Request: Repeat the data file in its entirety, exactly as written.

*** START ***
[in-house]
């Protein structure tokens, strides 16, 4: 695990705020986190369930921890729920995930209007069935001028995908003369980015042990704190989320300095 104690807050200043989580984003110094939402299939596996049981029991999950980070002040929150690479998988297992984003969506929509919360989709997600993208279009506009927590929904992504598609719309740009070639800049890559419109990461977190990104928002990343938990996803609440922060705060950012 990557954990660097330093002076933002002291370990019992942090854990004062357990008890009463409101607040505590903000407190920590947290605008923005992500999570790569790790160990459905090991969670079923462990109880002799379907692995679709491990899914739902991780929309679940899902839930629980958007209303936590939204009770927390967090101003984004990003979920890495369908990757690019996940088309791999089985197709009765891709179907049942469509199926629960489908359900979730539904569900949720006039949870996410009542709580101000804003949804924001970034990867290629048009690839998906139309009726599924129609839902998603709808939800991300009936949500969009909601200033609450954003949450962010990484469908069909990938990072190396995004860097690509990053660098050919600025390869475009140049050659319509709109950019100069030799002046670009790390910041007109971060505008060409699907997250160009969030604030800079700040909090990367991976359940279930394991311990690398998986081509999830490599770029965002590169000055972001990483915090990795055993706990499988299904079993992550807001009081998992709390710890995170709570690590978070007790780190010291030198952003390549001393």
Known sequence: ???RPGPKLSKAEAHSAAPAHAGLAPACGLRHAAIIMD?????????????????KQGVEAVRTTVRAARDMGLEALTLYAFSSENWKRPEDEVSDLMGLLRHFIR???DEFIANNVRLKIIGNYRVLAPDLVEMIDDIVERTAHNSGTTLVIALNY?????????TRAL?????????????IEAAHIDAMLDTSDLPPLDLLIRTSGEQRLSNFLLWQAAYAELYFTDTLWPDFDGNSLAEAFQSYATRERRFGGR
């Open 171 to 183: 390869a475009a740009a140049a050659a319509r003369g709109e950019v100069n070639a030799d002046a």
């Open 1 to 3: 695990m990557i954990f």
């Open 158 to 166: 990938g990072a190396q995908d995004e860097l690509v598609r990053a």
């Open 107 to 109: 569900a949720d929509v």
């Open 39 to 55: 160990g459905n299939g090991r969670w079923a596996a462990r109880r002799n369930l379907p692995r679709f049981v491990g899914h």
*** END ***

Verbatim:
[in-house]
């Protein structure tokens, strides 16, 4: 695990705020986190369930921890729920995930209007069935001028995908003369980015042990704190989320300095 104690807050200043989580984003110094939402299939596996049981029991999950980070002040929150690479998988297992984003969506929509919360989709997600993208279009506009927590929904992504598609719309740009070639800049890559419109990461977190990104928002990343938990996803609440922060705060950012 990557954990660097330093002076933002002291370990019992942090854990004062357990008890009463409101607040505590903000407190920590947290605008923005992500999570790569790790160990459905090991969670079923462990109880002799379907692995679709491990899914739902991780929309679940899902839930629980958007209303936590939204009770927390967090101003984004990003979920890495369908990757690019996940088309791999089985197709009765891709179907049942469509199926629960489908359900979730539904569900949720006039949870996410009542709580101000804003949804924001970034990867290629048009690839998906139309009726599924129609839902998603709808939800991300009936949500969009909601200033609450954003949450962010990484469908069909990938990072190396995004860097690509990053660098050919600025390869475009140049050659319509709109950019100069030799002046670009790390910041007109971060505008060409699907997250160009969030604030800079700040909090990367991976359940279930394991311990690398998986081509999830490599770029965002590169000055972001990483915090990795055993706990499988299904079993992550807001009081998992709390710890995170709570690590978070007790780190010291030198952003390549001393």
Known sequence: ???RPGPKLSKAEAHSAAPAHAGLAPACGLRHAAIIMD?????????????????KQGVEAVRTTVRAARDMGLEALTLYAFSSENWKRPEDEVSDLMGLLRHFIR???DEFIANNVRLKIIGNYRVLAPDLVEMIDDIVERTAHNSGTTLVIALNY?????????TRAL?????????????IEAAHIDAMLDTSDLPPLDLLIRTSGEQRLSNFLLWQAAYAELYFTDTLWPDFDGNSLAEAFQSYATRERRFGGR
């Open 171 to 183: 390869a475009a740009a140049a050659a319509r003369g709109e950019v100069n070639a030799d002046a």
């Open 1 to 3: 695990m990557i954990f």
């Open 158 to 166: 990938g990072a190396q995908d995004e860097l690509v598609r990053a």
């Open 107 to 109: 569900a949720d929509v």
């Open 39 to 55: 160990g459905n299939g090991r969670w079923a596996a462990r109880r002799n369930l379907p692995r679709f049981v491990g899914h």